Righteous Among the Nations Awards
By Alan Manheim
It was a somber but incredibly uplifting ceremony that took place at the Bronfman Center for Jewish Life at NYU. The Consulate General of Israel in New York and the American Society of Yad Vashem presented the Righteous Among the Nations Award. The awards honor individuals for their selfless and courageous actions during the Holocaust saving Jewish lives. The ceremony honored Brone Budreikaite, of Lithuania, Gerard and Gerda Van Raan-Lubach of the Netherlands, Hanna Sotschek and Eva Cassirer of Germany, Mikhail, Maria, and Vasili Gunchak of the Ukraine, and Aleksey Varvaretsky, also from the Ukraine.
Attending the ceremony was a large crowd of family members, friends and dignitaries. Gil Lainer, Consul for Public Affairs, of the Israeli Consulate spoke and called the valor of the awardees,” radiant acts of exceptional goodness”. Counsel representatives Valdemaras Sarapinas of Lithuania, Yvette Daoud of the Netherlands, and Elmar Jakobes of Germany also attended.
The Israeli Consulate issued a statement: “The honor of “Righteous Among the Nations” recognizes those people who upheld morality and human values in the midst of a moral vacuum. This tribute attempts to convey the gratitude of the State of Israel and the Jewish People to those who stood by their side during a time of persecution and great tragedy. Those remembered receive a medal and a certificate of honor and their names are commemorated on the Mount of Remembrance, in Jerusalem. To date, more than 22,000 people have been honored as the “Righteous Among Nations”. They come from more than 40 countries and include Muslims and Christians from all denominations; the trait common to all is their courage to stand for their moral principles.”
The ceremony was marked by emotional personal remembrances. Rosia Zernia, was six years old when Brone Budreikaite rescued her. Rosia was shoved under the barbed wire of the ghetto and then carried to safety. Elisabeth Joseph, fleeing from the Gestapo, in January 1943, described how it was a miracle that she met a former classmate Eva Cassirer who with her mother Hannah Sotschek, sheltered and protected her. Natalia Chernikova, spoke for her grandmother, Sabina Khenkina, who was ill and not in attendance. Natalia described the love that Aleksey Varvaretsky had for Sabina’s mother and with that love saved an entire family. Heleena Van Raan, spoke eloquently about her parents and their bravery in hiding a young Jewish boy, Rudy Von Kramer who today still lives in the Netherlands. A letter from Rudy was read, extolling the kindness of the von Raan’s. Leon Rich tried to contain his tears as he recounted that only twenty-five out of four thousand Jews survived the war from his town in the Ukraine. A guard warned him that the ghetto’s inhabitants were to be shipped to their death. Leon his brother and twenty three others escaped. Three members of the Gunchak family aided Leon, and his brother Yossel to survive. They stayed in a hen house for fourteen months without seeing the light of day before being liberated.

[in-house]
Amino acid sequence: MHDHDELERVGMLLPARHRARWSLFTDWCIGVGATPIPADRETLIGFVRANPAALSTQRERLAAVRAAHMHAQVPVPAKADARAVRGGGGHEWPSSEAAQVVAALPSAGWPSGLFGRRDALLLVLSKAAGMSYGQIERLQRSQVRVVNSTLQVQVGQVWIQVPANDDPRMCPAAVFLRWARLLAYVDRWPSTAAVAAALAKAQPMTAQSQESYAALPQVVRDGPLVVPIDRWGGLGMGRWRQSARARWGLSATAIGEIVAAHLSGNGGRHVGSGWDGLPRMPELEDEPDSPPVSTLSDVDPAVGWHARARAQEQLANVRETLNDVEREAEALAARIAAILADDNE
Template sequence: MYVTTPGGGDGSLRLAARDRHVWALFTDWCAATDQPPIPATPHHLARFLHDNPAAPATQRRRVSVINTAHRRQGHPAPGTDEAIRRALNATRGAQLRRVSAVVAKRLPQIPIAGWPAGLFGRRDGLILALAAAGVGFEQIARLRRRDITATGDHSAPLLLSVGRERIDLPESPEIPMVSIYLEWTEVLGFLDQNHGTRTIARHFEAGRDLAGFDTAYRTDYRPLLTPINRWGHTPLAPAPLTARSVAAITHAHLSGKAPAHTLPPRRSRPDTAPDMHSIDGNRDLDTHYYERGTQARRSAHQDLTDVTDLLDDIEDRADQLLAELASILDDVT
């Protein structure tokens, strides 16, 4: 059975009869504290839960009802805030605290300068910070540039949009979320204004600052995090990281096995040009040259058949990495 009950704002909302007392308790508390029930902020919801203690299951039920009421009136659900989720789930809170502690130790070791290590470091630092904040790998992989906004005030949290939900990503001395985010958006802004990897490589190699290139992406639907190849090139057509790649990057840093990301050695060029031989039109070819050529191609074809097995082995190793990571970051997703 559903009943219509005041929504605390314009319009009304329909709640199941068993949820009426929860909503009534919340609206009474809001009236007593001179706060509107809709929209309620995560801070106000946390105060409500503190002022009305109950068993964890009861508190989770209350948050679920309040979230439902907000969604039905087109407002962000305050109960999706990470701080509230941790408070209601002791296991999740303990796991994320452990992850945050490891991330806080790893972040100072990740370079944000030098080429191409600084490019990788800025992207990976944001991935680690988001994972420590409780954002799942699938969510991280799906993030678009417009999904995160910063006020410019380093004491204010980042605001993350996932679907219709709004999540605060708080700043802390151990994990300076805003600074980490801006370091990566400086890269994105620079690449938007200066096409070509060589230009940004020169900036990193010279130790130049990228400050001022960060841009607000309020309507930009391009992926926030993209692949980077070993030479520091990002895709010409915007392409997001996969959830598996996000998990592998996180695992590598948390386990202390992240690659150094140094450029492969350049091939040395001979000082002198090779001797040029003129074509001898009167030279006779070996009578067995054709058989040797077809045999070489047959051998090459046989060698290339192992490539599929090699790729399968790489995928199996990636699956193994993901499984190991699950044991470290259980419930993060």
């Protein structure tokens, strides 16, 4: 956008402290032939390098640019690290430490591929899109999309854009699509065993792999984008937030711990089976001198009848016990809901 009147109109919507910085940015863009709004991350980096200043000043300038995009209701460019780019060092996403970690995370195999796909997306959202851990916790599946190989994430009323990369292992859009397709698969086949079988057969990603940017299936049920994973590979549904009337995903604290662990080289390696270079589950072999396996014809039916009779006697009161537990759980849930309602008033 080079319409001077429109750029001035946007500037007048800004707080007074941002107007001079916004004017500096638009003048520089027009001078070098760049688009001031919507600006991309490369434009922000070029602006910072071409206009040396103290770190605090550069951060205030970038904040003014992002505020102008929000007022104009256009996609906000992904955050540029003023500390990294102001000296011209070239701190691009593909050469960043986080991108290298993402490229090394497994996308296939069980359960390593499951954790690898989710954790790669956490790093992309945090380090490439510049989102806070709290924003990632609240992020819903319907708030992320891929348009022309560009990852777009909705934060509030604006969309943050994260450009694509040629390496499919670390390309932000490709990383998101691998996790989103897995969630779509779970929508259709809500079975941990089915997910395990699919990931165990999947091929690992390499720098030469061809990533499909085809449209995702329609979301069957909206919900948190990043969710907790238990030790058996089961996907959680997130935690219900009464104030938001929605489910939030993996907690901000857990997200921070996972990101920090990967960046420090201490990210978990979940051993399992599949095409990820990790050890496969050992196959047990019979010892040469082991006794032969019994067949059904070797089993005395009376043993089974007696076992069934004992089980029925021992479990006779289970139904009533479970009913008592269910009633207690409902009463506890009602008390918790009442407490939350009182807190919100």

Joey Spitz, Director of Academic Affairs at the Israeli Consulate, moderated the evening program. Joey is a grandson of holocaust survivors. Elad Kabilio played the cello with soothing warmth, appropriate for the occasion. And Caroline Stoessinger closed the program by reading a portion of her book “ Century of Wisdom”, describing the oldest holocaust survivor, Alice Herz -Sommer, who will soon celebrate her 109th birthday. Alice was a pianist who performed concerts in the Theresienstadt concentration camp. One day she was stopped by one of the guards, frightened she asked what do you want? He replied I only want to thank you for playing the piano so well. He then furtively looked around to see that no one could overhear and bent down and whispered to Alice. Your name and your son’s name will never be on the list to be shipped out. You will be safe. Alice never discovered the name of that guard. And records confiscated from the camp indicate that neither her nor her son’s name ever appeared on that list of death. Caroline Stoessinger stated that Alice who has seen the worst violence of the twentieth and twenty-first centuries still finds the goodness and humanity of life. And still practices three hours a day on her piano.
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The B’nai B’rith World Center, established in 1980, is the permanent and official presence of B’nai B’rith International in Jerusalem and serves as its public affairs arm in Israel.
B’nai B’rith International, the Global Voice of the Jewish Community, is the oldest and most widely known Jewish humanitarian, human rights, and advocacy organization. For 168 years, BBI has worked for Jewish unity, security, continuity, and tolerance. Visit www.bnaibrith.org.